On Mindless Entertainment

Charles Dickens wrote a most excellent essay against proposed Sabbath laws, Sunday Under Three Heads. Certain puritanical types wanted to close absolutely everything closable all Sunday and ban harmless pursuits, though they were harder on the middle-class and poor than the rich. Dickens would not stand for it. He admitted that a day of rest was [Read More...]

The Bible is the Iliad!

Did Jesus rise from the dead? The Gospels say He did, but lately I have bumped into more than one skeptic who claims that I should classify “the Bible” as “legendary.” Generally, he (and it almost always a he) will cite a book like the Iliad as an example of legendary material. “We know ancients produced legendary [Read More...]

In Which I Live Blog a Marathon Weekend Reading of Plato’s Republic

What would happen if a group of HBU students, faculty, and staff joined together to read Plato’s Republic? What will we see? What will we learn? Our host is not Cephalus, but Professor Al Geier of the University of Rochester: a master of the dialectic and a father in the logos. We began with ten [Read More...]

The Bible Tells Me So

There is a simple error: you cannot be part of a community, if you don’t agree with all the ideas in it. I am Republican, the son of Republican, the grandson of a Republican, and the great-grandson of a Republican. I could continue all the way back to Mr. Lincoln and the Reynolds who left [Read More...]

Christmas Carol (Postlude): AIG and Literary Humbug

This year I supersaturated in Charles Dickens to celebrate his bicentennial and used his Christmas Carol as part of my jollification. Whatever the state of Dickens’ soul, and no man can judge, he lived in a pervasively Christian country. His books are shot through with references to the Faith and he assumes the Christianity of all but his [Read More...]

Christmas Carol (X): Jollification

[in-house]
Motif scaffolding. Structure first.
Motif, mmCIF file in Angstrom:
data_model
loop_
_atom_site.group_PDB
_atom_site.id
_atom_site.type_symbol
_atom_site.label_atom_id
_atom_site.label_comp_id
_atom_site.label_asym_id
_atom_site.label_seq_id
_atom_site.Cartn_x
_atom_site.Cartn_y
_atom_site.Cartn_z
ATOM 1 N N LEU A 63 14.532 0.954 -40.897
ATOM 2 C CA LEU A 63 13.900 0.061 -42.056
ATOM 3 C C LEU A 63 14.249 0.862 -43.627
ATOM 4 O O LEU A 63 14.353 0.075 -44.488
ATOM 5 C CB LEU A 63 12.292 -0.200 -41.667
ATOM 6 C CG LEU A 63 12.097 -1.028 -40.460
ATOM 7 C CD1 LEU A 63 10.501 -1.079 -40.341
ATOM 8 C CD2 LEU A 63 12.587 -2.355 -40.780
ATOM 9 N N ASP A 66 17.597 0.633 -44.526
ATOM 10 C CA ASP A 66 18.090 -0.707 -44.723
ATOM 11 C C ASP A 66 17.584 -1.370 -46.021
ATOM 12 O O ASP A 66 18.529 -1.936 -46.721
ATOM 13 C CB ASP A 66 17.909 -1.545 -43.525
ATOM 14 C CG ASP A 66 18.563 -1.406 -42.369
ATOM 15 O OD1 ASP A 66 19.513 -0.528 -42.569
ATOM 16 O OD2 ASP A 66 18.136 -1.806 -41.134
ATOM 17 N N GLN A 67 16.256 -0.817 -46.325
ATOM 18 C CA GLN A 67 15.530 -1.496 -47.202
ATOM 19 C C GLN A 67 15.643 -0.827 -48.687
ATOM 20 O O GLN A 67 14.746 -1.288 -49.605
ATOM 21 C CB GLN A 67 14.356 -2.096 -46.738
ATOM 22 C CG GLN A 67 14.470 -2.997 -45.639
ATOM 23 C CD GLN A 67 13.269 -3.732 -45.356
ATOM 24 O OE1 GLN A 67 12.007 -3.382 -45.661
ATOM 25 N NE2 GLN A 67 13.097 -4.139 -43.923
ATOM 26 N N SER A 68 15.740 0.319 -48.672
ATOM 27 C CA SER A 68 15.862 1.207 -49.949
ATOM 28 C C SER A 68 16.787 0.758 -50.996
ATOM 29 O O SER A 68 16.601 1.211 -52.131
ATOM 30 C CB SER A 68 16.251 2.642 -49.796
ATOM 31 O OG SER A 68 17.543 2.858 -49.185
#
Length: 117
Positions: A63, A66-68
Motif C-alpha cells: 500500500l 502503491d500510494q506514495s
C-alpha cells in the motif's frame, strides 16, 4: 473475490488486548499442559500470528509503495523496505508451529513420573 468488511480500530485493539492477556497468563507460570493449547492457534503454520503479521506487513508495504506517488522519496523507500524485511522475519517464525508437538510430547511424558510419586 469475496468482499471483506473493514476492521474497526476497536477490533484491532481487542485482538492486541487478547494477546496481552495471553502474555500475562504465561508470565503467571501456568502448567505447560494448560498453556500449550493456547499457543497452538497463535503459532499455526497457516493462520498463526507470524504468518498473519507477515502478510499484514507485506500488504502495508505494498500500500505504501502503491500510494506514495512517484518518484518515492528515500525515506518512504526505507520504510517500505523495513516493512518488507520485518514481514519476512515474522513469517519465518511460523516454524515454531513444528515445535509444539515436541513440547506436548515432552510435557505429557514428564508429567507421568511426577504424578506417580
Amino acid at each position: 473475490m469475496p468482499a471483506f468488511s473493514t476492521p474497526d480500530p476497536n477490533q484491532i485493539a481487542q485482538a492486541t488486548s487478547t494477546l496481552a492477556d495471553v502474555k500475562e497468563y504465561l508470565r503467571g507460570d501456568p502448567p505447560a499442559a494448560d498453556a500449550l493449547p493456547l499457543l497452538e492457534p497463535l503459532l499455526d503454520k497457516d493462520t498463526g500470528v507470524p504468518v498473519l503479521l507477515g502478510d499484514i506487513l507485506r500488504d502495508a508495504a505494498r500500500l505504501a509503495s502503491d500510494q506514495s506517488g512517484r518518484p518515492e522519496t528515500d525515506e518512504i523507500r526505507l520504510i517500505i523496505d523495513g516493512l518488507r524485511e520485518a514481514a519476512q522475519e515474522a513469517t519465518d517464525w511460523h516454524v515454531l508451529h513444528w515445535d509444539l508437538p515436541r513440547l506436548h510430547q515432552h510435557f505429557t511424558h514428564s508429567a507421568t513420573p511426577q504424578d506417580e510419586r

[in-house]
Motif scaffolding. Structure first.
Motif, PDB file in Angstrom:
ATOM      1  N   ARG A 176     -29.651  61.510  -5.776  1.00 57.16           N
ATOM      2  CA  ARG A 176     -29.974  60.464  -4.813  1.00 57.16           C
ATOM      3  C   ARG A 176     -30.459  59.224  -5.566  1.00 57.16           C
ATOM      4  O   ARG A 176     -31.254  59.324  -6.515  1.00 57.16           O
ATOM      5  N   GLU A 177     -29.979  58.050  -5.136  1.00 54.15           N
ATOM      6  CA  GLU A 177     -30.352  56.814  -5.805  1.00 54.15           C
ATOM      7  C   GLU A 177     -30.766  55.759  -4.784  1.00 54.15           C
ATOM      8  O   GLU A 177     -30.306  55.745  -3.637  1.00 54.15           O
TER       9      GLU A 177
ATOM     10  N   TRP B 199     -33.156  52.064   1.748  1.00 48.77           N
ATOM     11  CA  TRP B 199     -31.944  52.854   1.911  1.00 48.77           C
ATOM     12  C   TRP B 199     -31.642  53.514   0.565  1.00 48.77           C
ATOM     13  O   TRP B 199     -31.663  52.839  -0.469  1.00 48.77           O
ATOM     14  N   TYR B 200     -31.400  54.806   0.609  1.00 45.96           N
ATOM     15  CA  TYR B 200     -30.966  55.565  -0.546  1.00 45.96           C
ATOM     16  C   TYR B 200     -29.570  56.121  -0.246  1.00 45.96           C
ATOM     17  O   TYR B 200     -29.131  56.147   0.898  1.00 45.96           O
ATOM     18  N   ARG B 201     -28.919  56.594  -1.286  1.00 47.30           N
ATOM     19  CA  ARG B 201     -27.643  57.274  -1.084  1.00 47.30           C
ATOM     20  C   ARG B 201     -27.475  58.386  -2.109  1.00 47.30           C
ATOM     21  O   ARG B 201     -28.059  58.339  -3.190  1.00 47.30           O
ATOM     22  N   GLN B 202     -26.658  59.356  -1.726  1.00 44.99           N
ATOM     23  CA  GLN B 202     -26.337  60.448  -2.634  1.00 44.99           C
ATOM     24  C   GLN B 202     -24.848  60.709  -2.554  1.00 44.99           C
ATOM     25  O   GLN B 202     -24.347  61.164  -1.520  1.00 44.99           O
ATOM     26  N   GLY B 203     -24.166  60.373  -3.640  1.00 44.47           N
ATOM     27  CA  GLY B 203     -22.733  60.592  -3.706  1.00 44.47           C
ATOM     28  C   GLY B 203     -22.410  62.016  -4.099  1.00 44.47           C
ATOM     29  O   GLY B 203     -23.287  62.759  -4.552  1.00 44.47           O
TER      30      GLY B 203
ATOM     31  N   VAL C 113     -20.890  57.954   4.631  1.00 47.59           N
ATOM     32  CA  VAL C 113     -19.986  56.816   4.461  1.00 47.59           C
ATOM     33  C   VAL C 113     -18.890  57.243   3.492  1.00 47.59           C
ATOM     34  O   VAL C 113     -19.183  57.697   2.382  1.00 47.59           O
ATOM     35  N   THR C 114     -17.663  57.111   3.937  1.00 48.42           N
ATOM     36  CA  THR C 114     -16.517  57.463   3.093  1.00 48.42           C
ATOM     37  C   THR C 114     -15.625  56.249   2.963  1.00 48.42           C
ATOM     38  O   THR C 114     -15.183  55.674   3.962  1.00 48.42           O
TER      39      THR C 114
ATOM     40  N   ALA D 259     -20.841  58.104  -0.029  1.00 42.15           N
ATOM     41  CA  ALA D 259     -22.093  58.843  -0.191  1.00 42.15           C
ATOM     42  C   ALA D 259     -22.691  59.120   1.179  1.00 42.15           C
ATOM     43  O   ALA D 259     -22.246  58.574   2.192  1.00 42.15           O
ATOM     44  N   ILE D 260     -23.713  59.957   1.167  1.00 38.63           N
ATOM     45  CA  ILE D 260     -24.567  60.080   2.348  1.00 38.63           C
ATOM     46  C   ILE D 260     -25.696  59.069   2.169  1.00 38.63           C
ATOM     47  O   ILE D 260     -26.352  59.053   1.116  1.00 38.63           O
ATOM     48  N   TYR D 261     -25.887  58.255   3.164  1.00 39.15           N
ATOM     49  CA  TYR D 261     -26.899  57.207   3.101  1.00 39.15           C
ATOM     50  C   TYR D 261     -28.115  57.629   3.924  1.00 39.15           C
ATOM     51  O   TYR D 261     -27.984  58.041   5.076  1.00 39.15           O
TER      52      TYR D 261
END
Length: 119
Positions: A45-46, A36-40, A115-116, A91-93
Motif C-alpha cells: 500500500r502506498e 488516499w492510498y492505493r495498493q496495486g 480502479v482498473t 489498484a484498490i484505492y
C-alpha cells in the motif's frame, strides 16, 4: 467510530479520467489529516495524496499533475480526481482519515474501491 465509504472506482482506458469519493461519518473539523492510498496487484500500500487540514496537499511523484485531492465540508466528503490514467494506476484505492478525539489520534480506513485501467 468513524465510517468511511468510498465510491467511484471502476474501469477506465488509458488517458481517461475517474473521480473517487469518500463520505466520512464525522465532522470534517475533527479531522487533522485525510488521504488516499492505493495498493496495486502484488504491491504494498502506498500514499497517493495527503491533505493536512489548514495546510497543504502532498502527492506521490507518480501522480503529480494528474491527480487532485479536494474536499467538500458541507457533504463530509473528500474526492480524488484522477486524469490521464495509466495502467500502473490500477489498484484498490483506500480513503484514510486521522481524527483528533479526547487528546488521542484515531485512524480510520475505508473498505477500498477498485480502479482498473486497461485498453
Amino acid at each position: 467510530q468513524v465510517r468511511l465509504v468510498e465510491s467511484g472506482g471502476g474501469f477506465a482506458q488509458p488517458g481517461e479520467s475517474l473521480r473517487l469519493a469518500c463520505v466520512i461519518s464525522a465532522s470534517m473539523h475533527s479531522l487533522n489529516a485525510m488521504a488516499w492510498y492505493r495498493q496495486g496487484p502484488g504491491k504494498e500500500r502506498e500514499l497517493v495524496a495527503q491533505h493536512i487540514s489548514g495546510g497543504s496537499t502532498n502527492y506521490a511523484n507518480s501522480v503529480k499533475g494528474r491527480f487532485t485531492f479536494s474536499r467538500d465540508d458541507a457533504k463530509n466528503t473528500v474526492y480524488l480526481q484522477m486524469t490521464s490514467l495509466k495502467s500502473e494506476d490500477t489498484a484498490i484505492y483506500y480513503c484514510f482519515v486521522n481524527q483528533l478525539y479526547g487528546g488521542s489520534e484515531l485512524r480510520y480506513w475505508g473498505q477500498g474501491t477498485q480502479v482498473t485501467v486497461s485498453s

Scrooge repents. He repents even though he is unsure of salvation. He is sorry for his misdoings and no longer attempts to bargain with Justice. He accepts that he is wretched and does not just retreat from selfishness, but to positive charity. C.S. Lewis made the point that too many of us confused unselfishness with [Read More...]

Christmas Carol (IX): Ghost of Christmas Future

We discount Scrooge’s sins too steeply if we make him merely stingy. Scrooge’s stinginess made him a bad neighbor and subject of the Crown. This was his chief sin and the Ghost of Christmas Future reveals that the City is better off without him. His story is the reverse of that of George Bailey: it [Read More...]

Christmas Carol (VIII): Ignorance and Want

Christmas Carol has targets in mind and it isn’t Ebenezer Scrooge. Charles Dickens is after Ignorance and Want. Nobody, even Mr. Scrooge, is in the Ignorance and Want Lobby, but Dickens knows that many of us support both without intending to do so. My vices, small in themselves, added to the vices of my neighbors, can [Read More...]

Christmas Carol (VII): The Ghost of Christmas Present

Ebenezer Scrooge has refused to make merry on Christmas and so Christmas jests with him. Sinners are always serious when they should be merry, and trivial when they should be serious. Christmas Past reminded Scrooge of chances missed and Christmas Present will teach him of opportunities about to be squandered. The Ghost of Christmas Present [Read More...]

Christmas Carol (VI): Ghosts of Christmas Past

Unlike Ebenezer Scrooge, the memories of my Christmas past are happy. My parents worked hard to give us a holiday centered in Jesus and full of jollification. We went to Church, watched Christmas specials on television before video gave us even more control of our media lives, and practiced the American rituals of the season. [Read More...]


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